Keyword: LabView
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MOPKS003 High Resolution Ion Beam Profile Measurement System ion, target, ion-source, detector 164
  • J.G. Lopes
    ISEL, Lisboa, Portugal
  • F.A. Corrêa Alegria
    IT, Lisboa, Portugal
  • J.G. Lopes, L.M. Redondo
    CFNUL, Lisboa, Portugal
  • J. Rocha
    ITN, Sacavém, Portugal
  A high resolution system designed for measuring the ion beam profile in the ion implanter installed at the Ion Beam Laboratory of the Technological Nuclear Institute (ITN) is described. Low energy, high current ion implantation is becoming increasingly important in todays technology. In order to achieve this, the use of electrostatic lens to decelerate a focused ion beam is essential, but one needs to measure, with high resolution, the 2D beam profile. Traditional beam profile monitors using a matrix of detectors, like Faraday Cups, were used. They are, in essence, discrete systems since they only measure the beam intensity in fixed positions. In order to increase the resolution further, a new system was developed that does a continuous measurement of the profile, made of a circular aluminum disc with a curved slit which extends approximately from the center of the disc to its periphery. The disc is attached to the ion implanter target, which is capable of rotating on its axis. A cooper wire, positioned behind the slit, works like a Faraday Cup and the current generated, proportional to the beam intensity, is measured. As the ion implanter is capable of scanning the beam over the target, the combination of vertical beam scanning with aluminum disc rotation allows the beam profile to be measured continuously in two dimensions. Hence, the developed system including the computer controlled positioning of the beam over the moving curved slit, the data acquisition and the beam profile representation, is described.  
poster icon Poster MOPKS003 [0.744 MB]  
MOPMS013 Progress in the Conversion of the In-house Developed Control System to EPICS and related technologies at iThemba LABS EPICS, controls, interface, hardware 347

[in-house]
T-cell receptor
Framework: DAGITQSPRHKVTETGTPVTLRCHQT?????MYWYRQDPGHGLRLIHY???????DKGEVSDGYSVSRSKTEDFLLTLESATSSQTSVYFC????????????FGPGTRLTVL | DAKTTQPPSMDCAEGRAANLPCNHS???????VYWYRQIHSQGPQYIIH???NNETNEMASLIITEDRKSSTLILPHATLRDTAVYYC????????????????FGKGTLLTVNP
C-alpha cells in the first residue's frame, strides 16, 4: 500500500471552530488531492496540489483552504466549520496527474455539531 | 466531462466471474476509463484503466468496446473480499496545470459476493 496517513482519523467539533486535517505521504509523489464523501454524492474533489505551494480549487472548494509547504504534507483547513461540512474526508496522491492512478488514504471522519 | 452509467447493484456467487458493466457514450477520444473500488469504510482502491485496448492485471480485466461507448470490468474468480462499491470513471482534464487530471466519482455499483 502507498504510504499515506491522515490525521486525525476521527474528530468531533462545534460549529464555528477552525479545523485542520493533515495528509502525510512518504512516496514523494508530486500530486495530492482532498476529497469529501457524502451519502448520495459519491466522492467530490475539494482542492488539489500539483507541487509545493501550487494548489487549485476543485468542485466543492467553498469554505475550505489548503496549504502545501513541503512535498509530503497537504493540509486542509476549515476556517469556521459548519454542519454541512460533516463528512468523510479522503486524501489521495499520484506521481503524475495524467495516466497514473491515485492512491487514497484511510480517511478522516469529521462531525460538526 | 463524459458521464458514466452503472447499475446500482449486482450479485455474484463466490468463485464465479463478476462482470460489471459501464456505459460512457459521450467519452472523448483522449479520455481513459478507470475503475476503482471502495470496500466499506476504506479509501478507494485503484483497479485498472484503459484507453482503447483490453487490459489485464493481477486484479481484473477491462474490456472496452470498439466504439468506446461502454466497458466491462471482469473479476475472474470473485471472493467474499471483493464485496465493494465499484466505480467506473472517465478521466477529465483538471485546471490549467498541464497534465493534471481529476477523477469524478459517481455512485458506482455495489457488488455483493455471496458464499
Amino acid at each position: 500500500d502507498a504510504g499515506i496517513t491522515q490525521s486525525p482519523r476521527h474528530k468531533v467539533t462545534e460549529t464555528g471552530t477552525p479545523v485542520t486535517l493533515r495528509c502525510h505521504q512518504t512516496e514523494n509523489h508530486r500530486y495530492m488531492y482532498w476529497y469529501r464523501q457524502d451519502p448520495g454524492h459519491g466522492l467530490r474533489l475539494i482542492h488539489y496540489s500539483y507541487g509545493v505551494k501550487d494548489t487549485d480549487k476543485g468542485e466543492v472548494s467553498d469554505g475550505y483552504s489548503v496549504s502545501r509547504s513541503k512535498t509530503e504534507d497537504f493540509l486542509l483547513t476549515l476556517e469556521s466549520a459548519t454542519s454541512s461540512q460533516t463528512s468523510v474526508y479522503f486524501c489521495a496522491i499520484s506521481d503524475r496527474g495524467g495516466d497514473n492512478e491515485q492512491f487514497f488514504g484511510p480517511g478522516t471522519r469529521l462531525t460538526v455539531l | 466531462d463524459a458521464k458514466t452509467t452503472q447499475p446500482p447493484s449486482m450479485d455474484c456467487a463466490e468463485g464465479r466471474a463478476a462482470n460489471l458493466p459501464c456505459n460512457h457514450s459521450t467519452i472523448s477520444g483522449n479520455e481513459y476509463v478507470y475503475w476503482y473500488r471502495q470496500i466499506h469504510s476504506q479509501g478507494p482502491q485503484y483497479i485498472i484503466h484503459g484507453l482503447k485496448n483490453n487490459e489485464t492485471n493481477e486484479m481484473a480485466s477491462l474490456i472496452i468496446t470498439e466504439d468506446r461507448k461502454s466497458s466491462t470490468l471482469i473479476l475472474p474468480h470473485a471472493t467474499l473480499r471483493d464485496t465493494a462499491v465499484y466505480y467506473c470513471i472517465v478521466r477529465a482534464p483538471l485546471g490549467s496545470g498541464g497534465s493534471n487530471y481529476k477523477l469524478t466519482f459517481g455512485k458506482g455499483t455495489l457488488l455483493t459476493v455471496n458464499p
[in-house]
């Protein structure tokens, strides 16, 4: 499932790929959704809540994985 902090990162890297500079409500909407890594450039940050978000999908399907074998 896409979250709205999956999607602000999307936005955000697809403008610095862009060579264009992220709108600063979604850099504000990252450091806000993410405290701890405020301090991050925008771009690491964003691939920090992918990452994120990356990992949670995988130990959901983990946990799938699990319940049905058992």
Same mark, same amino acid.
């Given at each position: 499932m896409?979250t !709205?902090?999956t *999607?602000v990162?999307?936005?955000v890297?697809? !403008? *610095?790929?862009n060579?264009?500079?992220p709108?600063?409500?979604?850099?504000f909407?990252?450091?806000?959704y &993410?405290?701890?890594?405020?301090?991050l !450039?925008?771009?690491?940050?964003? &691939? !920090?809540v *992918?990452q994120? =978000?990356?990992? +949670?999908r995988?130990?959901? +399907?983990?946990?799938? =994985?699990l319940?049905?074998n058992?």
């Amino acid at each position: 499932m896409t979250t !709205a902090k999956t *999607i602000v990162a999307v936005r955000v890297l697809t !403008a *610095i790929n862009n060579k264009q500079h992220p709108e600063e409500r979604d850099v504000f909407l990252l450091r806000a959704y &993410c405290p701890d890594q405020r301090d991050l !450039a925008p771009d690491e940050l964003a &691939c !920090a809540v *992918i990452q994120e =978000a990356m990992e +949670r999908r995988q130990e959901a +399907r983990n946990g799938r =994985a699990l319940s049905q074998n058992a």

• I.H. Kohler, M.A. Crombie, C. Ellis, M.E. Hogan, H.W. Mostert, M. Mvungi, C. Oliva, J.V. Pilcher, N. Stodart
    iThemba LABS, Somerset West, South Africa
  This paper highlights challenges associated with the upgrading of the iThemba LABS control system. Issues include maintaining an ageing control system which is based on a LAN of PCs running OS/2, using in-house developed C-code, hardware interfacing consisting of elderly CAMAC and locally manufactured SABUS [1] modules. The developments around integrating the local hardware into EPICS, running both systems in parallel during the transition period, and the inclusion of other environments like Labview are discussed. It is concluded that it was a good decision to base the underlying intercommunications on channel access and to move the majority of process variables over to EPICS given that it is at least an international standard, less dependant on a handful of local developers, and enjoys the support from a very active world community.
[1] SABUS - a collaboration between Iskor (PTY) Ltd. and CSIR (Council for Scientific and Industrial reseach) (1980)
poster icon Poster MOPMS013 [24.327 MB]  
WEMAU003 The LabVIEW RADE Framework Distributed Architecture framework, software, interface, distributed 658
  • O.O. Andreassen, D. Kudryavtsev, A. Raimondo, A. Rijllart
    CERN, Geneva, Switzerland